In dealing with expectations Professor Hicks wisely refrains from seeking determinateness. He distinguishes between the influence of current prices on expectations and, on the other hand, all other influences the effects of which are labeled “autonomous changes,” Neglecting the latter he concentrates on the former type of influence. But seeing that “that influence may have various degrees of intensity, and work in various different ways”9 we realise that we need a criterion of classification, and it is for this rôle that the “elasticity of expectations” is cast.10 Its great merit is that by making it unnecessary to postulate a once-and-for-all uniform relationship between changes in current prices and expectations it enables us to deal with variable forms of this relationship. Its defect, we believe, is that, being a measure, it cannot tell us why this relation should take these variable forms any more than the most elaborate thermometer can tell us the causes of the fever from which the patient is suffering. However, for the greater part of his study of dynamic equilibrium Professor Hicks is content to make less than full use of the potentialities of his weapon and to assume the elasticity to be unity; he is in fact assuming a uniform relationship, and as long as he does this the defect mentioned does not cause much harm. But as soon as, in his discussion of wage rigidity, he abandons this restrictive assumption and allows for variations in this relationship, he apparently becomes conscious of the defect and feels compelled to give some kind of causal explanation of the forms which these variations may take. Unfortunately, however, the study of these variations is immediately restricted to those existing simultaneously between different groups of persons, after which it is not surprising that the causal explanation runs in terms of a spurious brand of “group psychology.” It is sought in the greater or smaller “sensitivity” with which different people react to identical present changes.11
It is not easy to attach any precise meaning to these terms. Does Professor Hicks seriously maintain that the same individual confronted with the same kind of change will invariably react in an identical—and incidentally, predictable—manner? Only such invariability of reaction would entitle us to use intensity of reaction as a criterion of classification. If, on the other hand, we allow for changes over time in the “sensitivity” of individuals, and thus for changes in the composition of the two groups, is it not precisely our task to explain these changes? Since there can be little doubt that in fact men's expectational reactions to change are subject to wide fluctuations, we have to find a principle informing us in accordance with what these reactions vary. There may be numerous reasons, but it would seem that they can all be reduced to the simple fact that men's reactions to identical observable events will vary if for any reason these come to have a different meaning to them. The conclusion suggests itself that whether a given price change—or, for that matter, any other observable event—will at different times give rise to identical expectations will largely depend on the way in which people interpret it. Interpreting an event means to fit it into a picture of the “situation,” a concept of a structure which serves as framework of reference. It follows that the “elasticity of expectations,” if it is not to lead us into having to accept absurdities like an invariant “sensitivity,” itself requires interpretation in the light of our argument.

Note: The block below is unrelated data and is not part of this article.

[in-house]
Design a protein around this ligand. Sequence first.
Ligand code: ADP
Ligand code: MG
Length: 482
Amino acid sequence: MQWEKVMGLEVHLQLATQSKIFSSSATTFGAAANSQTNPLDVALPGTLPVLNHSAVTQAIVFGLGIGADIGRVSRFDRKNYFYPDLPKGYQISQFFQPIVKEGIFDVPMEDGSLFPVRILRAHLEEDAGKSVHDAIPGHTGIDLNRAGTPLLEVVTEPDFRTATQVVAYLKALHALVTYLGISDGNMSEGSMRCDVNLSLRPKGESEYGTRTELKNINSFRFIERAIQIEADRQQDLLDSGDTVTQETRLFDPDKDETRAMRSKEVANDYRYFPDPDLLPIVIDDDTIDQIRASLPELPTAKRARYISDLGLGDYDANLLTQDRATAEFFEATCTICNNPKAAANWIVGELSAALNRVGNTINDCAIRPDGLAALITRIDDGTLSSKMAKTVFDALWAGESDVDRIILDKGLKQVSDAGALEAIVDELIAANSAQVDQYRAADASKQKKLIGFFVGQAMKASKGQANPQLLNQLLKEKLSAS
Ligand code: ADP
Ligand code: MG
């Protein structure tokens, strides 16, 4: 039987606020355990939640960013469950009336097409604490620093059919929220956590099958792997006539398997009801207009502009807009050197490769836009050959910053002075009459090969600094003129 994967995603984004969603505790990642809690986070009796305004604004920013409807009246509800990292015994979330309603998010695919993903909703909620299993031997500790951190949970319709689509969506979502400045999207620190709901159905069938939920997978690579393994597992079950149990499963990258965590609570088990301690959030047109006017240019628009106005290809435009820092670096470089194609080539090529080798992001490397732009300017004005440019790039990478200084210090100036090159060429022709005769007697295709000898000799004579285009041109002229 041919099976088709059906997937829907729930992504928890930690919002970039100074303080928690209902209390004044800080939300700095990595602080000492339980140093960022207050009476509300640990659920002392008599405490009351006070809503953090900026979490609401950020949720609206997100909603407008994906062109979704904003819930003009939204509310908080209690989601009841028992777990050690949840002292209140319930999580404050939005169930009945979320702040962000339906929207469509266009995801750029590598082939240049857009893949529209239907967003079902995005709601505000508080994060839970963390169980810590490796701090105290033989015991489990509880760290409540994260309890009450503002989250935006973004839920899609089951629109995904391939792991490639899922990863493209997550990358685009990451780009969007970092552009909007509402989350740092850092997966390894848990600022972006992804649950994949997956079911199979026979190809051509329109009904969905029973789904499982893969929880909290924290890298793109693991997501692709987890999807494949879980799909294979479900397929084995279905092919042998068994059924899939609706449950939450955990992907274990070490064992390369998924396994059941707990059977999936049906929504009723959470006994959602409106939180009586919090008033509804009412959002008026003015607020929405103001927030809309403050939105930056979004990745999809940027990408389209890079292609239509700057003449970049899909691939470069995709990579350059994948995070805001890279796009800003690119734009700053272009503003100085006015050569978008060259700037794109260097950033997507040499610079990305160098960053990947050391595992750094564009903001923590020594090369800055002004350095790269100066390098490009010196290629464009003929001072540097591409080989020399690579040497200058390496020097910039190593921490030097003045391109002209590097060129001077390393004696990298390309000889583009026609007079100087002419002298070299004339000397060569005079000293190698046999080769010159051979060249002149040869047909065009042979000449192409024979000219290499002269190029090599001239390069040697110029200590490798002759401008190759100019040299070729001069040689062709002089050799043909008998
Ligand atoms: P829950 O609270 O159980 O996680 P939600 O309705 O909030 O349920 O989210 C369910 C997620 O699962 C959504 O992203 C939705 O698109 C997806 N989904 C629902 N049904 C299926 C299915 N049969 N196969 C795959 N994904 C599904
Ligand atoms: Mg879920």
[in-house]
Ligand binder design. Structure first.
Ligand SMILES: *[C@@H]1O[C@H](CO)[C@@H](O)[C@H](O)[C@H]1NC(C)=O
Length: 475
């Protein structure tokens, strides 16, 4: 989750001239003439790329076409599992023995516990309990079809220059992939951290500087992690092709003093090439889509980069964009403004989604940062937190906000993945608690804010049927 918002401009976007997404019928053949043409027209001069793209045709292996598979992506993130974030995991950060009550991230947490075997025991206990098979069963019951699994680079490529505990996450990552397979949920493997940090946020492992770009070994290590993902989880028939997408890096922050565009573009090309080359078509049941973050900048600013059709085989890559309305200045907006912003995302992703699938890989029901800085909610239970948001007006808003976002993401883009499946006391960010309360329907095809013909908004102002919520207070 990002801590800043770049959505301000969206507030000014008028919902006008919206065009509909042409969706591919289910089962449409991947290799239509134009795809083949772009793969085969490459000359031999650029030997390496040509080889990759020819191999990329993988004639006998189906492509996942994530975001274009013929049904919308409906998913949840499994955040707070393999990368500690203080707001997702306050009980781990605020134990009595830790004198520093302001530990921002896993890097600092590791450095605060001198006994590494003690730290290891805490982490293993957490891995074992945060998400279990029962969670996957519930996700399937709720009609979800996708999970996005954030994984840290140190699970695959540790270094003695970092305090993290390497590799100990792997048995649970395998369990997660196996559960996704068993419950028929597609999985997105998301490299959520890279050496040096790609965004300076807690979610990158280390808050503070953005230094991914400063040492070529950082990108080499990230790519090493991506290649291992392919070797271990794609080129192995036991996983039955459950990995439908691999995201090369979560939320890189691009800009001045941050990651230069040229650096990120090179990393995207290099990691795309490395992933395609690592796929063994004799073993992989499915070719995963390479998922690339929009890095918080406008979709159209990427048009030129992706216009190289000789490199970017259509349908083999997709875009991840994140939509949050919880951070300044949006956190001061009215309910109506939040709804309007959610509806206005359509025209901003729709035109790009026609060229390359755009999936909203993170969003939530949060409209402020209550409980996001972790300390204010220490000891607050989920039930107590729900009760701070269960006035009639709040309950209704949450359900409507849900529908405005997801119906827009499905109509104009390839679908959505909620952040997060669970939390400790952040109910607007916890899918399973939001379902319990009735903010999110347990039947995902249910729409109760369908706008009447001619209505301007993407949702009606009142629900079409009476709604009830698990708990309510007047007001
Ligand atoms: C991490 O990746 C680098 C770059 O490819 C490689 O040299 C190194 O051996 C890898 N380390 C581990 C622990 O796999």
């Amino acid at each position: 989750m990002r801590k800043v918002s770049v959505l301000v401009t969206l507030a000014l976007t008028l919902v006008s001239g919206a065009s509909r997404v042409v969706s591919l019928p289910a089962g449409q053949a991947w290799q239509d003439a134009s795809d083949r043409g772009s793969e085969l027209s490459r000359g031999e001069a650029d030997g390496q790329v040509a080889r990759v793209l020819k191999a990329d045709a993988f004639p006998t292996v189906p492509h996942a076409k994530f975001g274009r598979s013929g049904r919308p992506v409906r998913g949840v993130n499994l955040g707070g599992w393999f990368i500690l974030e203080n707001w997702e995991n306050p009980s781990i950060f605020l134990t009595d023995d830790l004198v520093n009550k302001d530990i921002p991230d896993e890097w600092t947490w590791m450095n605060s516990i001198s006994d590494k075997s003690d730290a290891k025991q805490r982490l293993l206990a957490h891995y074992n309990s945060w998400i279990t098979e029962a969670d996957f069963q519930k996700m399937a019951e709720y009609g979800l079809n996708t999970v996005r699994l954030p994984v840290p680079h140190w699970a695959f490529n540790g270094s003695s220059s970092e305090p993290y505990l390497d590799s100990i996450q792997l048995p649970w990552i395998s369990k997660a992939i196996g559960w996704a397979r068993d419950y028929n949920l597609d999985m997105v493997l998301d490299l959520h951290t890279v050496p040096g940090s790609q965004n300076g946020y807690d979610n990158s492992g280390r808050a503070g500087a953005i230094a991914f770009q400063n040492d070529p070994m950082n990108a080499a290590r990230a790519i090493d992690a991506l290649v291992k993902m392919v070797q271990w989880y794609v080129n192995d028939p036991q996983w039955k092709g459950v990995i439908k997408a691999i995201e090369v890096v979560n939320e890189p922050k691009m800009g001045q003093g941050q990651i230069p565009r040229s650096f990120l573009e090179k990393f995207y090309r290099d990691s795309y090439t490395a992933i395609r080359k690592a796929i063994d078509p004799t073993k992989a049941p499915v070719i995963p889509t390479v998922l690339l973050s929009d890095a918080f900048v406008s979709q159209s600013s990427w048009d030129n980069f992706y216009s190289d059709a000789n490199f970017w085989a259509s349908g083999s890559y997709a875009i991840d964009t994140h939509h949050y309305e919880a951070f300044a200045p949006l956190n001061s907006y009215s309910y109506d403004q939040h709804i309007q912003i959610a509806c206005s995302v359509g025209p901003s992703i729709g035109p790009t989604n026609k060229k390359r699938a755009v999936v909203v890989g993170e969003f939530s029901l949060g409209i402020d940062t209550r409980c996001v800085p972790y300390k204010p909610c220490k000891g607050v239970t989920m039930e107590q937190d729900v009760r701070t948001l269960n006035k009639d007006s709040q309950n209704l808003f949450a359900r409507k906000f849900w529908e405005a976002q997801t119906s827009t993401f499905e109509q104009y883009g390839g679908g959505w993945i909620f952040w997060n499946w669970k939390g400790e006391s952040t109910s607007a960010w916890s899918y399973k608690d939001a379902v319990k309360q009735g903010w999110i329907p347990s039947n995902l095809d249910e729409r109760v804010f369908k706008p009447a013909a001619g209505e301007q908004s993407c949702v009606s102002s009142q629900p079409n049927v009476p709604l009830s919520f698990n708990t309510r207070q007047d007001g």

By now the reader will probably have grown impatient to see our theory of economic action go into action. We said above that ultimately the only satisfactory test of a theoretical construction is its capability of throwing light on what otherwise must remain dark corners of reality. We now propose to test the method we advocate by showing its usefulness in elucidating a problem which has loomed large in recent controversies on the rate of interest; we shall thus be concerned with interest-expectations, not with price-expectations. But before testing it let us briefly summarise the position we defend.
All human action is directed towards purposes and therefore requires a plan. Plans are not made in vacuo, and the planner has therefore to draw a mental picture of the situation in which he will have to act, of the constellation of circumstances which he cannot, or at least thinks he cannot, change and which to him are “data.” We assert that the formation of expectations is incidental to, and derives its meaning from, this activity of the mind, and we therefore conclude that expectations have to be interpreted with reference to the situation as a whole as the expecting individual sees it.